I have never made a lighter, more luxurious potato gnocchi than I have when using this recipe. And so if I am not making my own cheese gnocchi recipe then I am using Carmellini's potato version.

If you enjoy a fine potato gnocchi then I strongly suggest you do the same.



Start with around two pounds of Idaho potatoes. Clean them, put them on a baking sheet, and into the oven they go (425 degrees F should do it), until the flesh is nice and soft. These took a little over an hour.

While the potatoes are baking it's best to get all of your other ingredients together and ready to go. The reason is that you'll want to mix them into the potatoes while they're still warm out of the oven. This is very important. You do NOT want the potatoes to cool down before mixing the gnocchi dough.

What you'll need is 1 beaten egg, 1 tablespoon extra virgin olive oil, 1 tablespoon melted unsalted butter, 2 tablespoons grated Parmigiano-Reggiano cheese, 1 teaspoon salt, and 1/4 teaspoon course ground black pepper. In addition you'll need around 1 1/2 cups of all-purpose flour on hand.



When the potatoes are cooked slice them open and scoop out all the flesh while it's still warm.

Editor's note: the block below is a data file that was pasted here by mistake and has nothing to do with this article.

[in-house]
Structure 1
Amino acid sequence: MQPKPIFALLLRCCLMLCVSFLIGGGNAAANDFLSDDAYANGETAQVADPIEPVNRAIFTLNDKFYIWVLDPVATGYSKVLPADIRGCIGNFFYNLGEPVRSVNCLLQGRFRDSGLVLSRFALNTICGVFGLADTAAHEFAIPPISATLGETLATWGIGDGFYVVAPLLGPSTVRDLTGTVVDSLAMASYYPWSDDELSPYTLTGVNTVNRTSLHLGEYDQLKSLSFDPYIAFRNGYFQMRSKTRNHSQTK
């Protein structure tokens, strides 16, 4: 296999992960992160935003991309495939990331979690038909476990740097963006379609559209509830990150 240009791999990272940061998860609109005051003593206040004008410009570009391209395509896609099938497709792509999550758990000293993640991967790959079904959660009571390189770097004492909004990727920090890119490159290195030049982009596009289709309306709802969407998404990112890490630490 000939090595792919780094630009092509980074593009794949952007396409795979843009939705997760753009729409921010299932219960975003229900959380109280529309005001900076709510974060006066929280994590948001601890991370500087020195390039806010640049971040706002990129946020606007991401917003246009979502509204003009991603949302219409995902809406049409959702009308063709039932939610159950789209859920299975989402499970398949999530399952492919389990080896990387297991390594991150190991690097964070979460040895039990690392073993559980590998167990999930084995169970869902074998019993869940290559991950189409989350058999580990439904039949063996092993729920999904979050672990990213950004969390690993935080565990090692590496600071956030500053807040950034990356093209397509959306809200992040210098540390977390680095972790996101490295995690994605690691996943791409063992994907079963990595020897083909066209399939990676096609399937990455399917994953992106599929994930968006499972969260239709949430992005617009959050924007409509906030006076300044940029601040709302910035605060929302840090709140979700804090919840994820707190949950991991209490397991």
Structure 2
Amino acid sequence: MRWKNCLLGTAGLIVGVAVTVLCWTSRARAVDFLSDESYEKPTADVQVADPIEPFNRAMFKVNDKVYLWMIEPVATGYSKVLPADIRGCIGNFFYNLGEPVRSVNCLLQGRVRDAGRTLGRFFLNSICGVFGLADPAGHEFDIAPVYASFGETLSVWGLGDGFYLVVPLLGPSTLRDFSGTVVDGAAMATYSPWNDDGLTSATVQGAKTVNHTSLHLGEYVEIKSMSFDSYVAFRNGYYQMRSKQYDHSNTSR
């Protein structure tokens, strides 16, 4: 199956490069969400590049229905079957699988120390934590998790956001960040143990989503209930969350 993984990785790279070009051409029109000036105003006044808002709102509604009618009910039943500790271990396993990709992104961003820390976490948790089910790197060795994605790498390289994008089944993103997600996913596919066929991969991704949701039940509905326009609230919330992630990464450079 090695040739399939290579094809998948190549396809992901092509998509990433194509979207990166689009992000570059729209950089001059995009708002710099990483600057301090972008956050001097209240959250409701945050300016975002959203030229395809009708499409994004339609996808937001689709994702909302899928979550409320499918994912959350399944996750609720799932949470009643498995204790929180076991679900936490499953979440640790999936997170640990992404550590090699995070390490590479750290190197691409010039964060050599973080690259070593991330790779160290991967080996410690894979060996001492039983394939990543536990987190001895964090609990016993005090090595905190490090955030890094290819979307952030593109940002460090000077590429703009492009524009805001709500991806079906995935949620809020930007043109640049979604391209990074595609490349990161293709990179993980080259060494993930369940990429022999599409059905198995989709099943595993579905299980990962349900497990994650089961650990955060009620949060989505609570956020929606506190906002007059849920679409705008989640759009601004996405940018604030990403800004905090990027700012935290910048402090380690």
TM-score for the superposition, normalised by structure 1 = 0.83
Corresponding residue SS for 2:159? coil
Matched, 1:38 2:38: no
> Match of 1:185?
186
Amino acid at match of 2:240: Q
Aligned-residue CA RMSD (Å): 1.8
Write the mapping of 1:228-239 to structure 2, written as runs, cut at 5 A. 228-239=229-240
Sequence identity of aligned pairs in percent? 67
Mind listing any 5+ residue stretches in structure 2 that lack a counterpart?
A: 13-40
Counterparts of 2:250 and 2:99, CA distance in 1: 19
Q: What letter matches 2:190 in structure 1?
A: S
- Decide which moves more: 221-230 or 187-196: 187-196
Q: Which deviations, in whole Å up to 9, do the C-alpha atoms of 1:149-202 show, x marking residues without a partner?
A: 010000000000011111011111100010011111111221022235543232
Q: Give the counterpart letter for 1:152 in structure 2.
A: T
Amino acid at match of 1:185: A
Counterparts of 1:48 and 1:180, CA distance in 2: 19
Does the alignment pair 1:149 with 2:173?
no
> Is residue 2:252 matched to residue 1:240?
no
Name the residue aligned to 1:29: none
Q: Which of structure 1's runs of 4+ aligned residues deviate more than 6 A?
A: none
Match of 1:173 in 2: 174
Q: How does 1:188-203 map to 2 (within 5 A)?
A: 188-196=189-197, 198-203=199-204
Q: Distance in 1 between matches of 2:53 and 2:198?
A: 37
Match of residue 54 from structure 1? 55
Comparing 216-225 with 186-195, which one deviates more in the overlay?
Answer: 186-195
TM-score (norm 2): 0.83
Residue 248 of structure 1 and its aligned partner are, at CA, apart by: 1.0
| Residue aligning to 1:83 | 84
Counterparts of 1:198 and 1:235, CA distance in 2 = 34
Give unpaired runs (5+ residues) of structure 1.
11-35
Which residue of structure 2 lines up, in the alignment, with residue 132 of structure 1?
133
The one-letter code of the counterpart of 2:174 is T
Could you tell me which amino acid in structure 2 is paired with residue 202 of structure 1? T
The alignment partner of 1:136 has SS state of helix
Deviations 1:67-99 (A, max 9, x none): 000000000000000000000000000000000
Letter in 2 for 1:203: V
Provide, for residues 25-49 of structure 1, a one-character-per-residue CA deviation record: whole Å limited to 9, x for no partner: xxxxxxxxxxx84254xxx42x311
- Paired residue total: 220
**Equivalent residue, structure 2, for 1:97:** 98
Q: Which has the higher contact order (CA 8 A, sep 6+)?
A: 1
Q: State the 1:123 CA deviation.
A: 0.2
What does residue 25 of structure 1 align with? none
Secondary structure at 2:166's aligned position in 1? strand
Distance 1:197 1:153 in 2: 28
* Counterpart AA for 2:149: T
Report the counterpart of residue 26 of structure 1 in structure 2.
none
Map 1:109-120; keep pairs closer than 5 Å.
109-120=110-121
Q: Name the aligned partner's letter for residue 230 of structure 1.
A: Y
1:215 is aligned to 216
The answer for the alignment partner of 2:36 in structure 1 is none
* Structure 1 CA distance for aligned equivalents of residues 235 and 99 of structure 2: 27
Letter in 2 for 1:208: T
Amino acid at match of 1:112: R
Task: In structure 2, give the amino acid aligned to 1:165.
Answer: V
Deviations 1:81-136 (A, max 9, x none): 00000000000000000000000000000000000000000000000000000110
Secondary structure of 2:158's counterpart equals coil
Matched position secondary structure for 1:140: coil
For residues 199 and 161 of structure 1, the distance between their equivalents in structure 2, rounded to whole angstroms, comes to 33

Run the potato through a ricer (use the smallest die) and into a mixing bowl.



Immediately add all the other ingredients, except for the flour.



And gently incorporate, using your fingers.



Then add 1 cup of the flour and very gently mix all of the ingredients together until a dough forms. The dough should hold together but not be sticky; if it does feel sticky work in a little bit more flour. Note: Do not take the term "gently" lightly. A successful gnocchi dough requires a very light touch. Anything more forceful will make for a heavy, tough gnocchi.

Please. Trust me on this.



Form the dough into a ball and turn it onto a well-floured work surface.



With a pastry cutter (or just a knife) cut an inch-or-so-wide piece of dough from the ball.



And lightly roll it out using your fingers. (You see that I said "lightly," right?)